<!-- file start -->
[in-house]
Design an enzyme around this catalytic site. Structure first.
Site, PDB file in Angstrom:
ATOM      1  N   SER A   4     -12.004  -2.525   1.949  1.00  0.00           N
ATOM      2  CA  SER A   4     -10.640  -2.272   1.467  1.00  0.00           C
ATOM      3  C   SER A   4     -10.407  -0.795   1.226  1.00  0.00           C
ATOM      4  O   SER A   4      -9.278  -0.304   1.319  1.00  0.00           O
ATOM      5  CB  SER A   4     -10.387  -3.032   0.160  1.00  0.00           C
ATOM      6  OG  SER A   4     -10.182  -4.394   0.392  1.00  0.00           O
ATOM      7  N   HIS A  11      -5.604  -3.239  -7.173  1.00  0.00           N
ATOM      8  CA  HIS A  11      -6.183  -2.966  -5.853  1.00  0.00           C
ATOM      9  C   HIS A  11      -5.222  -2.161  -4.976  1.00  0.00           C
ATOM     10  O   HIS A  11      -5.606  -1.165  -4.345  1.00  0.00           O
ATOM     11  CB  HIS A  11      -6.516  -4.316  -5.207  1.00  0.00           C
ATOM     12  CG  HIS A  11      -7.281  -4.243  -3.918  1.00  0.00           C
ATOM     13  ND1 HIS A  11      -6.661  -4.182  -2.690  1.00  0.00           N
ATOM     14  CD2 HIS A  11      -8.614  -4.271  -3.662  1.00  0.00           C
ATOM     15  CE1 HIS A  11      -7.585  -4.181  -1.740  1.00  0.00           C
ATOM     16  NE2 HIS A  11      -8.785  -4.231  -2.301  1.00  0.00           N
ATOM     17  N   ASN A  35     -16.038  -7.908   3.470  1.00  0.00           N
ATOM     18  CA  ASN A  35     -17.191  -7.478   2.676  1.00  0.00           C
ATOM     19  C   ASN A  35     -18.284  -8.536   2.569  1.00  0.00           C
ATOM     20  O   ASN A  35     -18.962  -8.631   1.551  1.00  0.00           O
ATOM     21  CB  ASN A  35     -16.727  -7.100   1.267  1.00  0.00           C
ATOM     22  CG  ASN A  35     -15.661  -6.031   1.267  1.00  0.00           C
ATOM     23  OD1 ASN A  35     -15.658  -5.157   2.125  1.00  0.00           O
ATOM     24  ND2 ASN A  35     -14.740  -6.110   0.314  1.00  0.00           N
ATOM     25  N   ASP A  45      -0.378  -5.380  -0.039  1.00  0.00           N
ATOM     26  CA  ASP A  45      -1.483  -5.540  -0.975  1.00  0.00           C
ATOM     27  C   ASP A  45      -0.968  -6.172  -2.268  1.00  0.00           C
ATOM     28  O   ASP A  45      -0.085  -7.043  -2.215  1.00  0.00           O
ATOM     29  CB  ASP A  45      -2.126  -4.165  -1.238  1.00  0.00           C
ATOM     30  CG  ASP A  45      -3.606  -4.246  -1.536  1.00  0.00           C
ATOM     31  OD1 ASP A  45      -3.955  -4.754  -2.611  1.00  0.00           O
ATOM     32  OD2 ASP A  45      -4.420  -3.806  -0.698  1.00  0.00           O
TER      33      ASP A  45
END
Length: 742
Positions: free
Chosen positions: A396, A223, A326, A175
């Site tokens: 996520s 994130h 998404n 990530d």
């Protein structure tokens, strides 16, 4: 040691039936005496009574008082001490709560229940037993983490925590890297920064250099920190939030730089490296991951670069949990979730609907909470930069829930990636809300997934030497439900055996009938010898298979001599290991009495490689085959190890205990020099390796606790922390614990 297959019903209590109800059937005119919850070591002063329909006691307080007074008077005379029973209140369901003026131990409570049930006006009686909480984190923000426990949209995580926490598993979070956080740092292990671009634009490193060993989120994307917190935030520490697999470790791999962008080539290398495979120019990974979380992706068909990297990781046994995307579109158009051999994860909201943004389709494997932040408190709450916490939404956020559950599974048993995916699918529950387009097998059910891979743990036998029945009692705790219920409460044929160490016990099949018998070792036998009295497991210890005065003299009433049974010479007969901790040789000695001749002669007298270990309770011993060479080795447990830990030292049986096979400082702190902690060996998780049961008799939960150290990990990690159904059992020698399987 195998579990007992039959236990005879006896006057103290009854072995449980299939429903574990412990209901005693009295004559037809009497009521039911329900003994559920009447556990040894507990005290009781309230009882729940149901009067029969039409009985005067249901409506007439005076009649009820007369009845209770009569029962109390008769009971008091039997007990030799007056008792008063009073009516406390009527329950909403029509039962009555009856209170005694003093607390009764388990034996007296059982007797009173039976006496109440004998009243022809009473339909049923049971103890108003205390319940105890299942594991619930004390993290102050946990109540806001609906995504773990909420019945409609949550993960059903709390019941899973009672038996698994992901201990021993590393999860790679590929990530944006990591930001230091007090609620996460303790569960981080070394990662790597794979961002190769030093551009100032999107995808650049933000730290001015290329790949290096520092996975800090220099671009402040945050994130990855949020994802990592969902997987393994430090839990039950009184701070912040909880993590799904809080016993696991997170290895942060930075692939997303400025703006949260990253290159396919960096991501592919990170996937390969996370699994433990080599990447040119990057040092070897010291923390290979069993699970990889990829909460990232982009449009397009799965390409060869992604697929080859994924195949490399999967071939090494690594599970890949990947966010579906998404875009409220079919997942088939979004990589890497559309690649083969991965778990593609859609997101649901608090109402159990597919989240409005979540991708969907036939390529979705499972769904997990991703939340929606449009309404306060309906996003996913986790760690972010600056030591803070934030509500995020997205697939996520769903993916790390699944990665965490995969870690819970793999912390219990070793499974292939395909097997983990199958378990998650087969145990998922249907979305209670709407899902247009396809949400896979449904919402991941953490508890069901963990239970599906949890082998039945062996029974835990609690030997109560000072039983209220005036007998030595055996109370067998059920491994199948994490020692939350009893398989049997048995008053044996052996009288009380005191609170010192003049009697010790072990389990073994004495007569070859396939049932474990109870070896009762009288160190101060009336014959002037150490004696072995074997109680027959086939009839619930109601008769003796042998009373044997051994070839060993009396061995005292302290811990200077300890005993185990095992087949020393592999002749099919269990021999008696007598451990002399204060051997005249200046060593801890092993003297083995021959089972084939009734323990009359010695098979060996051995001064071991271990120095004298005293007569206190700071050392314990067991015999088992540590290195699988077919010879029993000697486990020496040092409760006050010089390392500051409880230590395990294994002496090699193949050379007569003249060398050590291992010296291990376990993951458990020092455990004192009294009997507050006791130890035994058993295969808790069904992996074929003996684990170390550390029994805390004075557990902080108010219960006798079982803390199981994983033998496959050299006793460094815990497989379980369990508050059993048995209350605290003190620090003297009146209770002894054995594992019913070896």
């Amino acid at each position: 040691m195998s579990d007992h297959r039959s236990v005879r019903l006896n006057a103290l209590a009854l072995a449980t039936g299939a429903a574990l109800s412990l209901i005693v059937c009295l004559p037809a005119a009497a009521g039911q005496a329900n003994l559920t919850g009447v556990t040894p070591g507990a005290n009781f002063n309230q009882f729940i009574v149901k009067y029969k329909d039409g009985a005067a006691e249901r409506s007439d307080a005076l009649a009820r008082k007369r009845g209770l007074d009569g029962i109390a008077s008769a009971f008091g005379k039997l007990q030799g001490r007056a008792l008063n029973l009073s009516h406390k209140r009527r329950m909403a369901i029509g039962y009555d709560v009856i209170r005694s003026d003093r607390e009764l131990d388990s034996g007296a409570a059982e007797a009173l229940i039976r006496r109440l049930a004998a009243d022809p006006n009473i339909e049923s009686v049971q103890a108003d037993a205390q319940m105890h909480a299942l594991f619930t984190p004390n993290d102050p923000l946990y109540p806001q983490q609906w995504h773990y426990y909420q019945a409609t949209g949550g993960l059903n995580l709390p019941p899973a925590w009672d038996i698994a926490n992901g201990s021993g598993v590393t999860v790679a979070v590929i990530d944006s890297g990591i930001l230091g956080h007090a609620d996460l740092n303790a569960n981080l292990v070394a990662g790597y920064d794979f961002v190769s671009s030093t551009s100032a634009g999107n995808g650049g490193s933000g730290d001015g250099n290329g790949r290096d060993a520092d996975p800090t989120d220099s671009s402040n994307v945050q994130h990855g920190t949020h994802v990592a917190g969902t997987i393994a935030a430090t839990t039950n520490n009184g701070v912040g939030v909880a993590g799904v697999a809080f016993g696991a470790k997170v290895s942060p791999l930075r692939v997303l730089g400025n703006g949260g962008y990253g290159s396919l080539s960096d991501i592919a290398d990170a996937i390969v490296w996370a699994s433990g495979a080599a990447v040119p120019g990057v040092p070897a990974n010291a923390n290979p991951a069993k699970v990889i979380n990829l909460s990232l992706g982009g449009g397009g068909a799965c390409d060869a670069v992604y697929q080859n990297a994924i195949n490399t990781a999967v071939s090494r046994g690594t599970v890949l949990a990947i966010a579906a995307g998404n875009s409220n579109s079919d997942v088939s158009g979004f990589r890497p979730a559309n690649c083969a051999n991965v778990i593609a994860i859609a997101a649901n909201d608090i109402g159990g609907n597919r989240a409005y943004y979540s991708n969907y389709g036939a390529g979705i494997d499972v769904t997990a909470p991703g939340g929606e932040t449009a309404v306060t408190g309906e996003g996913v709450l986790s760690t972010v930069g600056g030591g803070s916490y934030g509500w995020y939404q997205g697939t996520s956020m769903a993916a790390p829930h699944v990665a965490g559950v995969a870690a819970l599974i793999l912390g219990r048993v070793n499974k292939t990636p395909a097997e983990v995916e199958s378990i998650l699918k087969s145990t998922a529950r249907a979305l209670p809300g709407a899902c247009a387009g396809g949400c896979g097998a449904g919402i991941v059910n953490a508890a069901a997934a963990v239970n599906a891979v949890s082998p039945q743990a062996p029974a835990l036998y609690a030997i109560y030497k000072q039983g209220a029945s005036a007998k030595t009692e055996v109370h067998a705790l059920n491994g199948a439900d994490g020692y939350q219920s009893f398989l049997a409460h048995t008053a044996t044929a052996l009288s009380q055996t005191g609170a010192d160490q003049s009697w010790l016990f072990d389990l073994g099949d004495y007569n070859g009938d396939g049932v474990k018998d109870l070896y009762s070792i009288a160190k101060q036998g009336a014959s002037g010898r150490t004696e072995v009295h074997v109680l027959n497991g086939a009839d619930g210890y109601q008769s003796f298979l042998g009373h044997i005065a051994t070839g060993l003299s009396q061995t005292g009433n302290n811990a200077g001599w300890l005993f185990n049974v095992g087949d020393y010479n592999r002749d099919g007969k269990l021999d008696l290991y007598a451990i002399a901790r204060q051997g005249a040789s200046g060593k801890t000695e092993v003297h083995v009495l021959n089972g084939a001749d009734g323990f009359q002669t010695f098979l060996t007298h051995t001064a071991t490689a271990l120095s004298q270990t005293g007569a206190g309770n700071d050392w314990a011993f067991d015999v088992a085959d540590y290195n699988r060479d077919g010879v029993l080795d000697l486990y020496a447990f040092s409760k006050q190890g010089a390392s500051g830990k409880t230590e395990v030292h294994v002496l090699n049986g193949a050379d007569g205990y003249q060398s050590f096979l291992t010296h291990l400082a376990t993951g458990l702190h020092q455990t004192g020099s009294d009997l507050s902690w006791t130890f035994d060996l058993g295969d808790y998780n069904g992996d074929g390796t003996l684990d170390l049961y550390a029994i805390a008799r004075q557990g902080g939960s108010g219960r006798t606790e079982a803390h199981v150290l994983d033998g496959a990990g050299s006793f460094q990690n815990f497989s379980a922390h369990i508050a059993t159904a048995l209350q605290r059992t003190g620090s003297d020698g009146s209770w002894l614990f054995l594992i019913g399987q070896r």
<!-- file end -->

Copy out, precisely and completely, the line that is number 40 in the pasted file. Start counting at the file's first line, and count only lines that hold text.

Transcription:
Chosen positions: A396, A223, A326, A175